Religion – is it a comfort? Is it comforting to be religious? Or does faith, as someone once said about art ‘comfort the disturbed and disturb the comfortable?’
I suppose it depends on what you mean by comfort. If I experienced the occasional strange heartbeat or fluttering sensation in my chest, I could no doubt look up any number of reassuring articles on the internet, Medonline.com would comfort me by saying it was due to coffee, or stress or even mealtimes. That would be comforting – as long as it’s true.
Or I could go and see the doctor. Problem with a doctor is, he might say, there’s a problem but we can address it with a pacemaker. Maybe that’s not such good news. But if it’s true, surely it’s better to take it seriously and get a problem fixed.
So comfort can be a superficial sort of thing where you hope for the best. Or comfort can be based on reality – when a genuine problem has been addressed. That sort of comfort can come as the result of hard words, or difficult decisions, but it is much more true. And it is the sort of comfort Jeremiah talks about in today’s reading.
It’s about 600 BC. Almost 150 years after the reading from Isaiah we heard last week. A lot has happened in that time. The small kingdom of Judah miraculously survived when its more powerful Northern neighbour Israel was conquered by the Assyrians. But now Judah has struggled on for a century, always under threat. Invasion is imminent.
God called Jeremiah to speak to his people. In Jeremiah’s prophecy he calls them to turn back to God, to do what’s right, and make peace with the Babylonians while there is time.
How do you think they reacted? The message was not appreciated. The people liked their country independent. They wanted to keep their religious options open – just in case. And no-one likes to be told their behaviour isn’t up to scratch. So they made fun of Jeremiah, the people of Judah said he was trying to frighten them. At various times they got bored of him, ignored him, or locked him up. Still the prophet continued to speak, warning them that unless they changed, their society was doomed.
No-one likes the nay-sayer. But if I drive up to a Give Way sign, I don’t think to myself ‘Pedantic, bossy council’. I give way – because the juggernauts coming past won’t be stopping. If I see a sign saying ‘Danger -electric fence’ I don’t think to myself ‘oh, the farmer’s just trying to frighten me’. I give it a wide berth.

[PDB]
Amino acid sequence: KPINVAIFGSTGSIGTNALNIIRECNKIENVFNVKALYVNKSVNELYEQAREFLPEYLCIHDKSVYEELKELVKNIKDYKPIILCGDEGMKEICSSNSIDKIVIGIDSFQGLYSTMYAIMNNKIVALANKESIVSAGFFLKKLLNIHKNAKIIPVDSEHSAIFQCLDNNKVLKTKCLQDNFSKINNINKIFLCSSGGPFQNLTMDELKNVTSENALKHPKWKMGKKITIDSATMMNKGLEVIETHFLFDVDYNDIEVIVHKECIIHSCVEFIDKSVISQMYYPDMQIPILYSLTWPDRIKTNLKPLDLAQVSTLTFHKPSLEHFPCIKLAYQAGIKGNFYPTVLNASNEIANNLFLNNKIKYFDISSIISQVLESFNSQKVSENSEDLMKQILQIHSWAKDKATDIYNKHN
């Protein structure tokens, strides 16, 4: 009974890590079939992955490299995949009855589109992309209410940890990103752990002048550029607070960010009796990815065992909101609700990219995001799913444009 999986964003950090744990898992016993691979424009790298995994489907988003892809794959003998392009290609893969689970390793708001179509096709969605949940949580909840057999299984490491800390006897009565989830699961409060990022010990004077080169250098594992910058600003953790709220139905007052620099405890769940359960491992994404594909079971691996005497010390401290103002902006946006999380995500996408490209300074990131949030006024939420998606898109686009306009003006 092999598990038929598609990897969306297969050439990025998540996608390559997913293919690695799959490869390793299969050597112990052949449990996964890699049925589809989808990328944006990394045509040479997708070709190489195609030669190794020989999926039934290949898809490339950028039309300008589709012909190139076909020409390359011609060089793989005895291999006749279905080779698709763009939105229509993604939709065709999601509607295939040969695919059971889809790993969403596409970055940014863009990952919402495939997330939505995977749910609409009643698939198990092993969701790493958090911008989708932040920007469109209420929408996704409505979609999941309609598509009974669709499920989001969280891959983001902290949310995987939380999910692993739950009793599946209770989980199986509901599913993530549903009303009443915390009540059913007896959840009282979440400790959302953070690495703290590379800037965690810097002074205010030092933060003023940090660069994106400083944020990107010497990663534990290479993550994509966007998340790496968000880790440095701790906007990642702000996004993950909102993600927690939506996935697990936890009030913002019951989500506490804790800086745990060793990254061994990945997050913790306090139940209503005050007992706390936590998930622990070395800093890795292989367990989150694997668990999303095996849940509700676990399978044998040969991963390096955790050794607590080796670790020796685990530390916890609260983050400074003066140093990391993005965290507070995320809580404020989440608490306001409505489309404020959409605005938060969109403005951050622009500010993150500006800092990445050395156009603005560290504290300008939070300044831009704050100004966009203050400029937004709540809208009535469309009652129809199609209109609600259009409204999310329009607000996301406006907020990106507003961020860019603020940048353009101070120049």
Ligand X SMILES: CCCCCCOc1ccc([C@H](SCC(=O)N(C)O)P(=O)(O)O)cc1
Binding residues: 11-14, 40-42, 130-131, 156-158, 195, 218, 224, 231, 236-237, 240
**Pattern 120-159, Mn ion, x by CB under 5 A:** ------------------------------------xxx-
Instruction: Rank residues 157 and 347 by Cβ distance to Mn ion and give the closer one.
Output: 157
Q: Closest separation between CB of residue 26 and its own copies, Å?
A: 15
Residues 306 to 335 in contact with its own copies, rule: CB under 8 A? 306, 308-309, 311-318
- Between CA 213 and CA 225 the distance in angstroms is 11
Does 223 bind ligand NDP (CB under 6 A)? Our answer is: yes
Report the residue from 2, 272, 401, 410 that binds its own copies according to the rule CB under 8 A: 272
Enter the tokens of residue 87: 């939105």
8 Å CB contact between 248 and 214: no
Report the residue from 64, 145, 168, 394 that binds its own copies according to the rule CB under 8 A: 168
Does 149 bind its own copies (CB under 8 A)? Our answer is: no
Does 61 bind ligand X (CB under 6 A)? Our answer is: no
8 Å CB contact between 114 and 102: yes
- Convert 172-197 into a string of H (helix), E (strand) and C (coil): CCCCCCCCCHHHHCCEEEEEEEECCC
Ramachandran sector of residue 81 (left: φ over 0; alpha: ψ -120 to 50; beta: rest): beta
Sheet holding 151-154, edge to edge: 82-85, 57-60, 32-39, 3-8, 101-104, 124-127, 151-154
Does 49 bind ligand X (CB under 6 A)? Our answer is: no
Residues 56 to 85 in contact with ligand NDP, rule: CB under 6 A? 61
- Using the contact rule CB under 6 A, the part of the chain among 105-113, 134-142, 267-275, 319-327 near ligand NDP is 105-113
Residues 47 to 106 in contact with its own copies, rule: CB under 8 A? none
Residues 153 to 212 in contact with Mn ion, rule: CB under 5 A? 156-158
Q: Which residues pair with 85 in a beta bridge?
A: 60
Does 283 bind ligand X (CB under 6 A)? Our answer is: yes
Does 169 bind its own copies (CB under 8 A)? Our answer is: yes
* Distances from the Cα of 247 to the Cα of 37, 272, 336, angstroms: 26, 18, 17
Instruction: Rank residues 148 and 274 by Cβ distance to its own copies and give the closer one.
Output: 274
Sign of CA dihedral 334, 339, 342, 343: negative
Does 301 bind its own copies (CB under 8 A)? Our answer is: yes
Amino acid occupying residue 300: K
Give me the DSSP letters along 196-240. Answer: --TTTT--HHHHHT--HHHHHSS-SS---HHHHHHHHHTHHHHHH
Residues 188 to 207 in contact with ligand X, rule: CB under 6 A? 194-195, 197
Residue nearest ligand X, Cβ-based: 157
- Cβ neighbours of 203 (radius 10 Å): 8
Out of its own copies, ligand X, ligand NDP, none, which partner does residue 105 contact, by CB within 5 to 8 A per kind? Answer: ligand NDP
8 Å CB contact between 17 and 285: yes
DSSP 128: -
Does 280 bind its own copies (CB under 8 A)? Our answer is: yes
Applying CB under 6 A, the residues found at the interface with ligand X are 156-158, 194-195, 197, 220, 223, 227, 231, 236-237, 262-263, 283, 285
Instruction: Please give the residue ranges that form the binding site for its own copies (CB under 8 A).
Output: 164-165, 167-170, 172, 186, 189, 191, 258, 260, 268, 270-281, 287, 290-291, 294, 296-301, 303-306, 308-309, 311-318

We may wonder why so much of the Old Testament is full of warnings. But a parent who saw their toddler wandering into the sea and didn’t call them back would be a parent who lacked love, or responsibility, or both. In the Old Testament we see the Father heart of God who constantly warns his people about the consequences of their actions. He knows what is good for us, his laws are not arbitrary diktats, but the Maker’s instructions, the blueprint for life. Warning comes from love. We might note too that this is not just an Old Testament thing – in our Gospel reading Jesus told people to read the warnings around them.
One of the challenges of being a parent is knowing how much freedom to give. Do you give way to your seven year old who desperately wants to grate her own parmesan? Or do you refuse because you’re sure she’ll end up grating her fingers too? And how important is it that she finds out for herself? Are there times when you have to allow her to experience consequences so that she learns your advice is reliable?
God allows us a great deal of freedom because maturity cannot be forced. And love is not love if it is not given freely. But God does warn, a great deal. All the warnings in the Bible are there so that we can be protected if we choose to heed them. And if we do not, the warnings invite us to repent: to seek God’s forgiveness and turn back to him.
That’s why in v.29 of our reading, Jeremiah says that the Word of the Lord is like fire and a hammer breaking a rock in pieces. God’s Word has the intensity and power of fire. It is dangerous if not treated with respect, but when used as intended it warns, comforts and protects. It is like a hammer breaking rocks, smashing apart obstacles on the path and clearing a way so that people can move about in safety. God speaks to us so that we can know what is best for us, so we can find life in all its fullness as he designed it, so we can recognise wrong and turn from it, so we can find forgiveness when we have sinned.